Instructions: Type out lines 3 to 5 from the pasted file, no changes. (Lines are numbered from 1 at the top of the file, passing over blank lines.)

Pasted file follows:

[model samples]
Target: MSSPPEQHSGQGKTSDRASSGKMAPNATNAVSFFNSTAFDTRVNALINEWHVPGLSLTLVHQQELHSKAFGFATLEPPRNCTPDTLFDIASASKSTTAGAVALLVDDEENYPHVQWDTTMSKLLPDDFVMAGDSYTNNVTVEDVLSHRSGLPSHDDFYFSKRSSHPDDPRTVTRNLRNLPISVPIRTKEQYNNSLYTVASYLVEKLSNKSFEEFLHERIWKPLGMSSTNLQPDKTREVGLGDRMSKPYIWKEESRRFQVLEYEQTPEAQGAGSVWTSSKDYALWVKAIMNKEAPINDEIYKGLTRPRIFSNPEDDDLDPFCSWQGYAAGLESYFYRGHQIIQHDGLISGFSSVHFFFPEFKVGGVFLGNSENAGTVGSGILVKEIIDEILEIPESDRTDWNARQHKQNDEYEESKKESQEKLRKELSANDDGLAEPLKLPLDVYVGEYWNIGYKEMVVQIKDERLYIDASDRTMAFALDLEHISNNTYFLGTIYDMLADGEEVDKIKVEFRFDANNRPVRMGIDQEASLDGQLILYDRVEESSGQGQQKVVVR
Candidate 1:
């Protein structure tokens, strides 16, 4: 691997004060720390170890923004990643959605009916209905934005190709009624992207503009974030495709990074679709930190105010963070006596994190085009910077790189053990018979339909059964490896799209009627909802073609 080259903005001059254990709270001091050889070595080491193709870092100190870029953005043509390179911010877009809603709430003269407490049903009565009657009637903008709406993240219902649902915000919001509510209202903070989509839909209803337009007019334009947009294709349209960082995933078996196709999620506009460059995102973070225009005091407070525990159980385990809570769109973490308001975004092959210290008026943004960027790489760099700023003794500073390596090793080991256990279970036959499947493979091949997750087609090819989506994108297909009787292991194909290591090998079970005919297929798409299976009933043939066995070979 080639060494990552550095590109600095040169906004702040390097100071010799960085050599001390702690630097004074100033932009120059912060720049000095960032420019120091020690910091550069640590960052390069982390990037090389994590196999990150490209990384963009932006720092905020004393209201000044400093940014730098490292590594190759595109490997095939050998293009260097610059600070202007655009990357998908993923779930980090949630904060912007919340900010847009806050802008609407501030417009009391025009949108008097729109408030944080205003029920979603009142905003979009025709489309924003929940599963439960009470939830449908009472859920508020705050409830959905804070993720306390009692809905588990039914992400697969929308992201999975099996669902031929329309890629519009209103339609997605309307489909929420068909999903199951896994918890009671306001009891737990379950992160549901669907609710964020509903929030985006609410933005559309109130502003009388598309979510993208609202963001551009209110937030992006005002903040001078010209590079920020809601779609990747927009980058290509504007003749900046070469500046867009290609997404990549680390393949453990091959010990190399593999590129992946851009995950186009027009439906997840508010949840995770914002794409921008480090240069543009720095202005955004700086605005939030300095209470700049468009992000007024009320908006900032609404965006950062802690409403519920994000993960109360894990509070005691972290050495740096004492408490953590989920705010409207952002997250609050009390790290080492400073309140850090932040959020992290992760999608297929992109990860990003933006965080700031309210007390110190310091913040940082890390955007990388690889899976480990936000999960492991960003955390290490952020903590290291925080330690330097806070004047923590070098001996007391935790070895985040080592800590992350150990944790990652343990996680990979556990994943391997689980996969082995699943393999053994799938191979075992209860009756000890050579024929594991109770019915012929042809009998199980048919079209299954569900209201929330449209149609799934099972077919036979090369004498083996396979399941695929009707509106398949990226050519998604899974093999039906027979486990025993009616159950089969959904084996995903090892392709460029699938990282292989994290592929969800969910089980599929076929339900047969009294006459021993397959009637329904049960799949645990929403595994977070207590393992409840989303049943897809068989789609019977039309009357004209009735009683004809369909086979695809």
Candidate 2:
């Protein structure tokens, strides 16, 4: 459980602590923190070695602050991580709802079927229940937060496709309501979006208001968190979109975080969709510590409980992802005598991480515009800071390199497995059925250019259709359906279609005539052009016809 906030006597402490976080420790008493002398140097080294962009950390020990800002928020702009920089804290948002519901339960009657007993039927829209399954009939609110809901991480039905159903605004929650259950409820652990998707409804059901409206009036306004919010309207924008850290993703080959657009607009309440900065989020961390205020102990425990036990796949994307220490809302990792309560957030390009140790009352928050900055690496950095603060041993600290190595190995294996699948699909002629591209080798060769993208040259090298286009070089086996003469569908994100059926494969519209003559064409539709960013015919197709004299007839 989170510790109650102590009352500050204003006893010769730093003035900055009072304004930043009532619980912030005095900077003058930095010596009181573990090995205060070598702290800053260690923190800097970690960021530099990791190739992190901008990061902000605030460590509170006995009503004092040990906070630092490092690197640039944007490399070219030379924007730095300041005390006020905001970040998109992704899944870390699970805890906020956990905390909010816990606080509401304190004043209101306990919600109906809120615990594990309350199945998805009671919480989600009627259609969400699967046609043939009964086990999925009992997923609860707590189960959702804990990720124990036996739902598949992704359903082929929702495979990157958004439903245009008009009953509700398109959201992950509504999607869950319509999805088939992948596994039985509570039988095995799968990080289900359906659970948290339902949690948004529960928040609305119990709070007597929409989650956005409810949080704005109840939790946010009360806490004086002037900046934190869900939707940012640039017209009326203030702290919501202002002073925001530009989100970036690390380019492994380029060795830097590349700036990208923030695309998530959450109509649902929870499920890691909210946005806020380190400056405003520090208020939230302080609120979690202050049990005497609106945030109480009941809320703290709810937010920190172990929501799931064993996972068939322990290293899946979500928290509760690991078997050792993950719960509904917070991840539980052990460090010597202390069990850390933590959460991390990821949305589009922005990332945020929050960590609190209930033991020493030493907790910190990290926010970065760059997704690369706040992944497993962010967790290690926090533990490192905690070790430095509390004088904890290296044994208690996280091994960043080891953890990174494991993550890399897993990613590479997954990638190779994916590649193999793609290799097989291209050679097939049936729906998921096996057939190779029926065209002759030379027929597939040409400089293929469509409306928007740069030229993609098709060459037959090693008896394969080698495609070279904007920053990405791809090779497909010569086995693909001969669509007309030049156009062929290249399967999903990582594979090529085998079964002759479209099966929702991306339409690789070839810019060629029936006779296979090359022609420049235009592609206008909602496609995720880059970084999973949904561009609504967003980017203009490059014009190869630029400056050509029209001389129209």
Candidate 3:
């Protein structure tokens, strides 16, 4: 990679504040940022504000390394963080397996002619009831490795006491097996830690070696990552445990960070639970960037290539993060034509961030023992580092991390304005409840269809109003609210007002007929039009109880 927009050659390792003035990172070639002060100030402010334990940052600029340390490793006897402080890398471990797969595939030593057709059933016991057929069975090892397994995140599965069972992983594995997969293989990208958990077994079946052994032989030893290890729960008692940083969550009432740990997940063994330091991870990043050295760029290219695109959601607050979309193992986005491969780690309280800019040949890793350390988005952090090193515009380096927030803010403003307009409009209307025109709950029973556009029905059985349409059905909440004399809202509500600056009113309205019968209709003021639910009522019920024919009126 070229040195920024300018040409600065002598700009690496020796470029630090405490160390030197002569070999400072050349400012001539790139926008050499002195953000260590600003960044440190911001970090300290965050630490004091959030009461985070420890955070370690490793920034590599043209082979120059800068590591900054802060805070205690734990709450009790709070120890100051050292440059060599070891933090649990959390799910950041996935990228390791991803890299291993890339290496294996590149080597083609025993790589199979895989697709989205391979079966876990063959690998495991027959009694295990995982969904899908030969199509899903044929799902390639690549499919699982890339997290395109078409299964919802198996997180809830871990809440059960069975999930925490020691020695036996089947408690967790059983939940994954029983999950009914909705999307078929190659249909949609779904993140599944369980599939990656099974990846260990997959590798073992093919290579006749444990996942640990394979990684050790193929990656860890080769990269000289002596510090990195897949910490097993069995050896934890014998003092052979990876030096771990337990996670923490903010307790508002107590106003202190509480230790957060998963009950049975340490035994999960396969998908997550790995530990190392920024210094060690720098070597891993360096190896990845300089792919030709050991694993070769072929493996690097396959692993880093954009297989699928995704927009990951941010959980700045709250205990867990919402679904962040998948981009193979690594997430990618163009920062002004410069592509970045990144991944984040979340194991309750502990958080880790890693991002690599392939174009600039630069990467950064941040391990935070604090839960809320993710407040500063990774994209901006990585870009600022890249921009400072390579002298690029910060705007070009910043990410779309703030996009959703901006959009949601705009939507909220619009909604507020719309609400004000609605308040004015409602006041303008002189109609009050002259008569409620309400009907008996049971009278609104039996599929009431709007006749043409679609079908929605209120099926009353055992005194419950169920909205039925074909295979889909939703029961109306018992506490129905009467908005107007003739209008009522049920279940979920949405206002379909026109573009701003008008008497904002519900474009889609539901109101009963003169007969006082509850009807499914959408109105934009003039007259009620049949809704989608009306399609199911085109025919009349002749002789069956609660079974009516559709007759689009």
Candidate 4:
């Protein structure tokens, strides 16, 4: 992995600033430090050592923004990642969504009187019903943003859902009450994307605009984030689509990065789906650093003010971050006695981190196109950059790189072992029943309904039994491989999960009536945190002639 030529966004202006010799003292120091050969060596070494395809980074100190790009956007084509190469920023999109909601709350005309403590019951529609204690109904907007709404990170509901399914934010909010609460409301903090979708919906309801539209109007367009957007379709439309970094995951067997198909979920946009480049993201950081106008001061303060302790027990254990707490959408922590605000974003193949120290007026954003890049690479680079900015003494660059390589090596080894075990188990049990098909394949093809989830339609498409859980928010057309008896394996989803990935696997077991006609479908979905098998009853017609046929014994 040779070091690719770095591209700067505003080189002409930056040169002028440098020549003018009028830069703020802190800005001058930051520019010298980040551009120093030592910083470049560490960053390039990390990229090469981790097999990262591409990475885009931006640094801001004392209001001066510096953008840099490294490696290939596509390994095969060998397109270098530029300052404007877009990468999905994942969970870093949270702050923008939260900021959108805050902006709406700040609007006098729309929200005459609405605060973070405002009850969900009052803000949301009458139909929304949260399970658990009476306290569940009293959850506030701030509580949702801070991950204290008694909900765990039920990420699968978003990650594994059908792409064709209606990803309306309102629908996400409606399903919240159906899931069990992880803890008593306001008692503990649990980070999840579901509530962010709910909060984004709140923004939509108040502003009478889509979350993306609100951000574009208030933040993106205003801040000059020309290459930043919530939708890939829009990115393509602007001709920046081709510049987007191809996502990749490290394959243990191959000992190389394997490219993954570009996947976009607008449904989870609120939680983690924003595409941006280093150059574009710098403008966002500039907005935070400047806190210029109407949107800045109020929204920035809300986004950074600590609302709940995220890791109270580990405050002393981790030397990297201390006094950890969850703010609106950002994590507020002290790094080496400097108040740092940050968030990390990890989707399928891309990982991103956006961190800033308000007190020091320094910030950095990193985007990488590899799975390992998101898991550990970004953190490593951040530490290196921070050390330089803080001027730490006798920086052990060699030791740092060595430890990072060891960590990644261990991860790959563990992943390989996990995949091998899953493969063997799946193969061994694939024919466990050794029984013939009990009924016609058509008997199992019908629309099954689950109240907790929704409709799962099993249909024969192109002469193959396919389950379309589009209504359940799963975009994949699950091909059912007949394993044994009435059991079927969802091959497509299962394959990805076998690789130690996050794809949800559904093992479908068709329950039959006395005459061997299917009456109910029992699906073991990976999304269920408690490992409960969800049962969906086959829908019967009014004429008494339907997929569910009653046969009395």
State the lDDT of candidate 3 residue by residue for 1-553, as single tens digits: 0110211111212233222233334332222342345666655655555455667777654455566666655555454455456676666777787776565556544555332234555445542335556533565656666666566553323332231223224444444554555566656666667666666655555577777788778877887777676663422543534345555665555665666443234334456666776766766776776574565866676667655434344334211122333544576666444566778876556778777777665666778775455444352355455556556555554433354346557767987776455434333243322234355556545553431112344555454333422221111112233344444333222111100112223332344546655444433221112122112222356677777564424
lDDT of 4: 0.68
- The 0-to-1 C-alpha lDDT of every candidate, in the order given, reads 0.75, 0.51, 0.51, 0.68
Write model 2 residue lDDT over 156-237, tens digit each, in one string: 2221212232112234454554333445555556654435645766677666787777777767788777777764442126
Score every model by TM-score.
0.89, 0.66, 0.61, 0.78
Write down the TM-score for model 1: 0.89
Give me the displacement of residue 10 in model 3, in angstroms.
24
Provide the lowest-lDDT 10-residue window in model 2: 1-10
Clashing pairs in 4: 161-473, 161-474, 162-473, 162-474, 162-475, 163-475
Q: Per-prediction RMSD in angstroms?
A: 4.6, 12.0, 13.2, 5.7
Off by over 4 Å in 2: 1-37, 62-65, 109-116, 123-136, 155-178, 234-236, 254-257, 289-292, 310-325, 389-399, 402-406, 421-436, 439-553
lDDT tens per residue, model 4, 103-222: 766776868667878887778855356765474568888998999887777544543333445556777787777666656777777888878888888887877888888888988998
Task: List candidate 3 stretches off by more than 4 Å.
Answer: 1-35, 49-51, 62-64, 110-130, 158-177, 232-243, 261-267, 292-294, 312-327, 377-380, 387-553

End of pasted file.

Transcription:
Candidate 1:
């Protein structure tokens, strides 16, 4: 691997004060720390170890923004990643959605009916209905934005190709009624992207503009974030495709990074679709930190105010963070006596994190085009910077790189053990018979339909059964490896799209009627909802073609 080259903005001059254990709270001091050889070595080491193709870092100190870029953005043509390179911010877009809603709430003269407490049903009565009657009637903008709406993240219902649902915000919001509510209202903070989509839909209803337009007019334009947009294709349209960082995933078996196709999620506009460059995102973070225009005091407070525990159980385990809570769109973490308001975004092959210290008026943004960027790489760099700023003794500073390596090793080991256990279970036959499947493979091949997750087609090819989506994108297909009787292991194909290591090998079970005919297929798409299976009933043939066995070979 080639060494990552550095590109600095040169906004702040390097100071010799960085050599001390702690630097004074100033932009120059912060720049000095960032420019120091020690910091550069640590960052390069982390990037090389994590196999990150490209990384963009932006720092905020004393209201000044400093940014730098490292590594190759595109490997095939050998293009260097610059600070202007655009990357998908993923779930980090949630904060912007919340900010847009806050802008609407501030417009009391025009949108008097729109408030944080205003029920979603009142905003979009025709489309924003929940599963439960009470939830449908009472859920508020705050409830959905804070993720306390009692809905588990039914992400697969929308992201999975099996669902031929329309890629519009209103339609997605309307489909929420068909999903199951896994918890009671306001009891737990379950992160549901669907609710964020509903929030985006609410933005559309109130502003009388598309979510993208609202963001551009209110937030992006005002903040001078010209590079920020809601779609990747927009980058290509504007003749900046070469500046867009290609997404990549680390393949453990091959010990190399593999590129992946851009995950186009027009439906997840508010949840995770914002794409921008480090240069543009720095202005955004700086605005939030300095209470700049468009992000007024009320908006900032609404965006950062802690409403519920994000993960109360894990509070005691972290050495740096004492408490953590989920705010409207952002997250609050009390790290080492400073309140850090932040959020992290992760999608297929992109990860990003933006965080700031309210007390110190310091913040940082890390955007990388690889899976480990936000999960492991960003955390290490952020903590290291925080330690330097806070004047923590070098001996007391935790070895985040080592800590992350150990944790990652343990996680990979556990994943391997689980996969082995699943393999053994799938191979075992209860009756000890050579024929594991109770019915012929042809009998199980048919079209299954569900209201929330449209149609799934099972077919036979090369004498083996396979399941695929009707509106398949990226050519998604899974093999039906027979486990025993009616159950089969959904084996995903090892392709460029699938990282292989994290592929969800969910089980599929076929339900047969009294006459021993397959009637329904049960799949645990929403595994977070207590393992409840989303049943897809068989789609019977039309009357004209009735009683004809369909086979695809």
Candidate 2: